Jim's great-grandfather, John MacDonald, came down from Benedicta to help build the East Millinocket mill around 1907. For more than a hundred years that mill provided good jobs and good lives for members of his family and thousands of others. One day Jim's cousin was told to pull the wire out of the walls so it could be sold for scrap. He refused to do it. He refused to tear apart the mill that his family had helped to build. Like his cousin, Jim refuses to stand by and watch Maine be torn apart by the dishonest dealings of special interests and an out-of-touch governor. Maine is filled with hard working people looking for a fair shot at providing for their family, but the system is rigged, rewarding those who break the rules rather than those who play by them. Jim is running for governor because he believes it is time to have an honest conversation with Maine people about how we are going to make our political and economic system work for everyone, not just the rich. A stronger economy means an economy that’s more fair, where hard work is rewarded and success isn’t determined by zip code.
In 1996, Jim founded Boyle Associates, a Maine environmental firm that helped Maine companies create jobs while protecting the environment. For 21 years, Jim worked to build things – from craft breweries to wind farms. He knows that Maine small businesses can create jobs when leaders in Augusta work for them, not against them. Jim also knows that economic success is not always a straight line. Like many small business owners, even if clients were late making payments, Jim made sure his employees got paid. And as a state senator, Jim pushed for common sense economic development legislation that would create jobs and increase energy efficiency - lowering costs for families and businesses. Maine people are willing to work hard, they just need a fair shot.
Boyles are Black Bears through and through. Jim's parents met at UMaine in 1952, both his children graduated from UMaine, and in between Jim earned a degree in forestry from UMaine in 1981. By passing Question 2 last year, Maine voters sent a clear message that funding our schools need to be a top priority. Jim is committed to making investments in the classroom that ensure every student, regardless of where they are born, has a chance to get a great education.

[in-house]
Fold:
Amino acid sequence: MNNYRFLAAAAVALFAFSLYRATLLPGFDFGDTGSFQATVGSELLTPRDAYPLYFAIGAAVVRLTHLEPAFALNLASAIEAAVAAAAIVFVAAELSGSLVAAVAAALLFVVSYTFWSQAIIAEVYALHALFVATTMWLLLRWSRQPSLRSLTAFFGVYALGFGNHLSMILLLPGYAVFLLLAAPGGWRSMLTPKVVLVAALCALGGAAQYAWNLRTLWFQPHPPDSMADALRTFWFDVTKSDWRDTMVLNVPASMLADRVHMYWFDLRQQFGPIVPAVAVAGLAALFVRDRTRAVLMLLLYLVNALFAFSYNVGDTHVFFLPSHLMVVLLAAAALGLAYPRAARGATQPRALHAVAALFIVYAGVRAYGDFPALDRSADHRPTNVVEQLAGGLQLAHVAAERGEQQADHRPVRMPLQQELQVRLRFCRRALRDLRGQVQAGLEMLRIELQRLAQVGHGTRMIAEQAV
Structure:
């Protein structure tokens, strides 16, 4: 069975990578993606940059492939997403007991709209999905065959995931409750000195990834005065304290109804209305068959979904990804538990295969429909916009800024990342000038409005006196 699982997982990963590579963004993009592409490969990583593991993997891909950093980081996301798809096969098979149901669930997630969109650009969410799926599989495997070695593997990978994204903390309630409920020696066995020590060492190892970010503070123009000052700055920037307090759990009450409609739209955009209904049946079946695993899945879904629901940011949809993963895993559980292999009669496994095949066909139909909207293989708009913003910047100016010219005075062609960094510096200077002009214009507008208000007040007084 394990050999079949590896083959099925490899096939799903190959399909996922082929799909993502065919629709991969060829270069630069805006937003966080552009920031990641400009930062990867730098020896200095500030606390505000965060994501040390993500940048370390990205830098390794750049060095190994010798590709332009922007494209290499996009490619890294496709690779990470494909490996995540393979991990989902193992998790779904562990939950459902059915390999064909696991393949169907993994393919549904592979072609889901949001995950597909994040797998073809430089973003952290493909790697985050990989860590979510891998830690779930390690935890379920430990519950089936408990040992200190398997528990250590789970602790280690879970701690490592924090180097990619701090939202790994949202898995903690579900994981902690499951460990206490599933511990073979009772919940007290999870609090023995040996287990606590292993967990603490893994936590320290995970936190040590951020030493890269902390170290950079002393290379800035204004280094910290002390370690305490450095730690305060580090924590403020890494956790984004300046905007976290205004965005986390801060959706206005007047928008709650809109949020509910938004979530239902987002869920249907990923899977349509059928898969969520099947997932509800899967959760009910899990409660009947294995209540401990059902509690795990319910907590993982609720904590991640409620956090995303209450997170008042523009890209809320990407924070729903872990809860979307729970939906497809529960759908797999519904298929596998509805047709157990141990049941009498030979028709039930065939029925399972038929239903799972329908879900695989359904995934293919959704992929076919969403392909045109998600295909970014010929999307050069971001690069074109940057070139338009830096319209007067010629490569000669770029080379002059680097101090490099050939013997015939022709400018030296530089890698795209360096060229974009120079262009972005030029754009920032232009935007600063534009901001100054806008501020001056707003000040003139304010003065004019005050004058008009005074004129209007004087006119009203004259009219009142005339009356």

Jim worked as a paperboy, in a restaurant, and bagging groceries, but he knew he would make a career working to protect the environment. He started his career as a forester for Great Northern Paper before joining the environmental department at Central Maine Power and eventually starting his own environmental science business. He has seen climate change firsthand and knows that we must make serious investments in renewable energy to combat the negative effects. But renewable energy is just one piece of the puzzle. We also must plan for rising sea levels, changes in lobster migration, disruptions in agriculture and other traditional industries. Jim will use his background as a scientist and his years of experience in environmental consulting to ensure we are doing everything we can as a state to battle climate change.
While providing health insurance to his employees for more than two decades, Jim has seen the cost of health care spiral out of control, and, in some cases, out of reach. Every person should be able to see their doctor when they are sick. It is that simple. The first step toward that goal is to expand MaineCare to 70,000 people in the November referendum. We then need to take steps to rein in costs, invest in prevention, and limit insurance company rate hikes. With Republican politicians in Washington putting partisan ideology and insurance company profits ahead of the health of the American people, it is crucial that we do everything we can at the state level to ensure everyone can get the care they need.